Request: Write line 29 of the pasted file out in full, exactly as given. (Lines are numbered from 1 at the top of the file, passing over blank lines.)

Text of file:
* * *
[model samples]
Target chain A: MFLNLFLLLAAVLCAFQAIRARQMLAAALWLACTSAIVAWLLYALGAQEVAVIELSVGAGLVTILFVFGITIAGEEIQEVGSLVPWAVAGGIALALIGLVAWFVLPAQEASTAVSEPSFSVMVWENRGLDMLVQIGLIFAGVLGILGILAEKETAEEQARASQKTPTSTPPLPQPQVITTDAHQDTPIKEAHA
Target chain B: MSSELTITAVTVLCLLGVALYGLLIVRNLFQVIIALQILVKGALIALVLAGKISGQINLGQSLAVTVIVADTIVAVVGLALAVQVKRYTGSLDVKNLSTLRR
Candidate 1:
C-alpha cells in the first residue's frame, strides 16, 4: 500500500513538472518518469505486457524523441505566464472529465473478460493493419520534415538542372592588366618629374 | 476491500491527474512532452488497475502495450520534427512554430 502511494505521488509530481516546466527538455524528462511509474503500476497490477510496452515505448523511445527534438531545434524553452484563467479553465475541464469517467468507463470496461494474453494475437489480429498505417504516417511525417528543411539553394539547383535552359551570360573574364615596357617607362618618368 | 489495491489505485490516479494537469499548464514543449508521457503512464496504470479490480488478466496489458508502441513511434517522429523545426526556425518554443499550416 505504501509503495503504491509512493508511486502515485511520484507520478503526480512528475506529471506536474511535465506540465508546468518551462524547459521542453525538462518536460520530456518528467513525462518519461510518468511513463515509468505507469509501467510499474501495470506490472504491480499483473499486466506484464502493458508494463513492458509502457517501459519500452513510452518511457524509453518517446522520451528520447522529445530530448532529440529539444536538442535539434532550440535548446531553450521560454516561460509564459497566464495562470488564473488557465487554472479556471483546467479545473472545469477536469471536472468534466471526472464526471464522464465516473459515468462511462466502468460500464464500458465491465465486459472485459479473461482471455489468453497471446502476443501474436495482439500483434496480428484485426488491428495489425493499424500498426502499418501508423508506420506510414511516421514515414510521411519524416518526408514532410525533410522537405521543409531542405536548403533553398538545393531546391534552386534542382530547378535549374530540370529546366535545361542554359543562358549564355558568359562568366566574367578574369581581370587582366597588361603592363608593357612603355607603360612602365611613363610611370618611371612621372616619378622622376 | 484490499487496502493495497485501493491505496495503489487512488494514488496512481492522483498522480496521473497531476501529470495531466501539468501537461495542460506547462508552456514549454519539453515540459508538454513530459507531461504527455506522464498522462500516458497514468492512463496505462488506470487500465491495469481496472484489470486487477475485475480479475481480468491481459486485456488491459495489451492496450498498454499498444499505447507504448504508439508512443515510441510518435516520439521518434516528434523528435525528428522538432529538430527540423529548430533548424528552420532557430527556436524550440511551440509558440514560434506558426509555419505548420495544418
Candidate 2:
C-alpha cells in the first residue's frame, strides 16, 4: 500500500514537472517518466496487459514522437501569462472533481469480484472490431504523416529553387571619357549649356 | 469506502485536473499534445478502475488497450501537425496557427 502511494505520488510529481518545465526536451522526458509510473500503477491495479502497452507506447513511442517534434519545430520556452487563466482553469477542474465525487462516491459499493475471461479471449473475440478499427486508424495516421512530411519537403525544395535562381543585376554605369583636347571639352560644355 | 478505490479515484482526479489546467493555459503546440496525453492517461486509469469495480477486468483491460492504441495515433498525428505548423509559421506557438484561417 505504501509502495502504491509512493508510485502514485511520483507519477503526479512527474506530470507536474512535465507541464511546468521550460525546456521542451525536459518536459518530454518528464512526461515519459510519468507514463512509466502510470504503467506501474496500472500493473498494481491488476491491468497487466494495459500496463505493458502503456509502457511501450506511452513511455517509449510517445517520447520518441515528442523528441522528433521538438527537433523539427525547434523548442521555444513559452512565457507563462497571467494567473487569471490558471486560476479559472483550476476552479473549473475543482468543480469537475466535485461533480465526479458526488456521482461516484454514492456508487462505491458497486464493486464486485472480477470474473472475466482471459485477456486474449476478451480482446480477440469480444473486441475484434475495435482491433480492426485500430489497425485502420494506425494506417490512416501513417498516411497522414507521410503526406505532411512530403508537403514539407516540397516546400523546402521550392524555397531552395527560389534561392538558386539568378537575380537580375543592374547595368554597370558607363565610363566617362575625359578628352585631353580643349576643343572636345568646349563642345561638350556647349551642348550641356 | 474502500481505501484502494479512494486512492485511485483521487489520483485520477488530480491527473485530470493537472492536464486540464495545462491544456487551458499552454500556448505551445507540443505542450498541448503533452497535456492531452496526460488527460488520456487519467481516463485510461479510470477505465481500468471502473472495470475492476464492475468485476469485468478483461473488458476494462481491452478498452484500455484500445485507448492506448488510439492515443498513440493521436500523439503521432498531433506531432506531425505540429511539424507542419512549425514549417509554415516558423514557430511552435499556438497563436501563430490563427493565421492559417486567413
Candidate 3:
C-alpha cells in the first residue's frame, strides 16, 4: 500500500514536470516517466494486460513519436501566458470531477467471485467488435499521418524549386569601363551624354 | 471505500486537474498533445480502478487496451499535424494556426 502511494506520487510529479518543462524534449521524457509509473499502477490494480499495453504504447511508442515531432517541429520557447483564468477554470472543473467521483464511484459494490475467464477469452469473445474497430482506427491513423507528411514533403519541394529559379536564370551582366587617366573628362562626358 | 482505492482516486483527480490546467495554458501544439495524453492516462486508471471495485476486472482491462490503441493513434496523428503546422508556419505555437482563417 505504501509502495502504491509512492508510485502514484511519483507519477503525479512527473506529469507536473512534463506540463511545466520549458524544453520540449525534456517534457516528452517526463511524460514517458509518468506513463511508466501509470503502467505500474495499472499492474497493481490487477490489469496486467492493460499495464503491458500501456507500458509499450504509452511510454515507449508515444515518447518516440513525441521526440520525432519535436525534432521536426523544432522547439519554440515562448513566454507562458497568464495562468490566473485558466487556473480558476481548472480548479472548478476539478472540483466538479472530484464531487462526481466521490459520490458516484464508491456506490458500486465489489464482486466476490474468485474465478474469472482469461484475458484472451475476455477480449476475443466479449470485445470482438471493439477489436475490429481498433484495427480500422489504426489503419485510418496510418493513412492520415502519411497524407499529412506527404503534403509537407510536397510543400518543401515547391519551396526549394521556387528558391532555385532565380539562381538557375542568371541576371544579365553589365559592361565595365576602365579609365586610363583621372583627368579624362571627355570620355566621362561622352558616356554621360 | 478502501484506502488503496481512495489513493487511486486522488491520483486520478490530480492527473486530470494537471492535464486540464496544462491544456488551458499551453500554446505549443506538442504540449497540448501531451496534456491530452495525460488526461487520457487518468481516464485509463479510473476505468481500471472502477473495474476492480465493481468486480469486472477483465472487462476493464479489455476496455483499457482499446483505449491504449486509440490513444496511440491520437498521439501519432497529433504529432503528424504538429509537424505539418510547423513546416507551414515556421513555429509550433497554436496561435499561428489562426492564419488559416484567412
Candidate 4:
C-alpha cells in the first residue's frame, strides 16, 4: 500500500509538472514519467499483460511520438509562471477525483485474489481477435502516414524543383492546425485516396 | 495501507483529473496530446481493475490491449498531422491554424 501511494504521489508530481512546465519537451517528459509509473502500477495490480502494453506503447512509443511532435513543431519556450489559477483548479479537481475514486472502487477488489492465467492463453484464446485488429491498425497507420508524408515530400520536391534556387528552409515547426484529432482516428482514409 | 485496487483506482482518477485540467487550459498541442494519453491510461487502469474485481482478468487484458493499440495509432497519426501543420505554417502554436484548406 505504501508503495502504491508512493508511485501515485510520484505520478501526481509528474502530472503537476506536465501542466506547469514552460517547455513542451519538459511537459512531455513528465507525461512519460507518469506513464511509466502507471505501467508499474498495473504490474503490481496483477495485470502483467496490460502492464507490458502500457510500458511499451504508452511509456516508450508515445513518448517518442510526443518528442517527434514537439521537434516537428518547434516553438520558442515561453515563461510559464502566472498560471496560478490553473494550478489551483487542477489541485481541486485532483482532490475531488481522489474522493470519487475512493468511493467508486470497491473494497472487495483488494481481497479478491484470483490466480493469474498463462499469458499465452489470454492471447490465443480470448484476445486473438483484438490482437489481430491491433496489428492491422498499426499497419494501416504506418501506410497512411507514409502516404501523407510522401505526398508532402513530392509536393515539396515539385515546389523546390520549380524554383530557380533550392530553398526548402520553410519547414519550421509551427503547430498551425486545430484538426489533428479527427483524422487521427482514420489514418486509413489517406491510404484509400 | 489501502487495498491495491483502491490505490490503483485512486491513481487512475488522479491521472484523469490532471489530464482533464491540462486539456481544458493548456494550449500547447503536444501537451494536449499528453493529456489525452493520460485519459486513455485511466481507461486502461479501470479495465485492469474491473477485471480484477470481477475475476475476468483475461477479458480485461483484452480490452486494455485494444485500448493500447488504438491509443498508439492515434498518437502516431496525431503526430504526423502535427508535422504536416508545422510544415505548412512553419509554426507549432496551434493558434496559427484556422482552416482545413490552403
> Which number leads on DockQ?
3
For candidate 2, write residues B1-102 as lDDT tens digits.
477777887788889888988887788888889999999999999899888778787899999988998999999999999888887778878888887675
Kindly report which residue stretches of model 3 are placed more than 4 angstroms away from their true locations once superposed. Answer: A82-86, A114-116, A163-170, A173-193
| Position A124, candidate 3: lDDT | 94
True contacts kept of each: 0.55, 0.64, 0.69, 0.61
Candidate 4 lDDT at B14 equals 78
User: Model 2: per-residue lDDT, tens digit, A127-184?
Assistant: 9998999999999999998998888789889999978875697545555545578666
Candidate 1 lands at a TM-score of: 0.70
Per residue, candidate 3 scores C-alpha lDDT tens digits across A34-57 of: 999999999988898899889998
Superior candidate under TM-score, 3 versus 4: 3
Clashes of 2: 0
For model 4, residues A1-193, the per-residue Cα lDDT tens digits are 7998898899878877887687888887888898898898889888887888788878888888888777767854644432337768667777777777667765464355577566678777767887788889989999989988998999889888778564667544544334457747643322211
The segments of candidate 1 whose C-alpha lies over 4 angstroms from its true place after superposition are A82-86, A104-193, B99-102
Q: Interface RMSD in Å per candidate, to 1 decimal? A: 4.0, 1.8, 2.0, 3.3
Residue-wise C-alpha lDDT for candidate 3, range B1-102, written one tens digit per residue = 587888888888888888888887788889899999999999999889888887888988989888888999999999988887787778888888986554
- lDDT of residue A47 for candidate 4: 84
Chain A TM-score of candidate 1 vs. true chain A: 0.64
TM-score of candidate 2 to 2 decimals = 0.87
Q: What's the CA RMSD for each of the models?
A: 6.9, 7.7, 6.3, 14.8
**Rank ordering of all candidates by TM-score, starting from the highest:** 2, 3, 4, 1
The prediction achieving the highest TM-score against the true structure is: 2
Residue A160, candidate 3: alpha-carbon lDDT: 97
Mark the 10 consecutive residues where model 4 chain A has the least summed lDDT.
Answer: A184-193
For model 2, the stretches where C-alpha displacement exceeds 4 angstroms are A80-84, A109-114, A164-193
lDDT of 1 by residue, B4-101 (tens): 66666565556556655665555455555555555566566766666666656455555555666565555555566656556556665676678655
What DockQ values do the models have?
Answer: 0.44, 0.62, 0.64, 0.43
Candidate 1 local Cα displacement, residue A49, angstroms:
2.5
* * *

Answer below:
Residue-wise C-alpha lDDT for candidate 3, range B1-102, written one tens digit per residue = 587888888888888888888887788889899999999999999889888887888988989888888999999999988887787778888888986554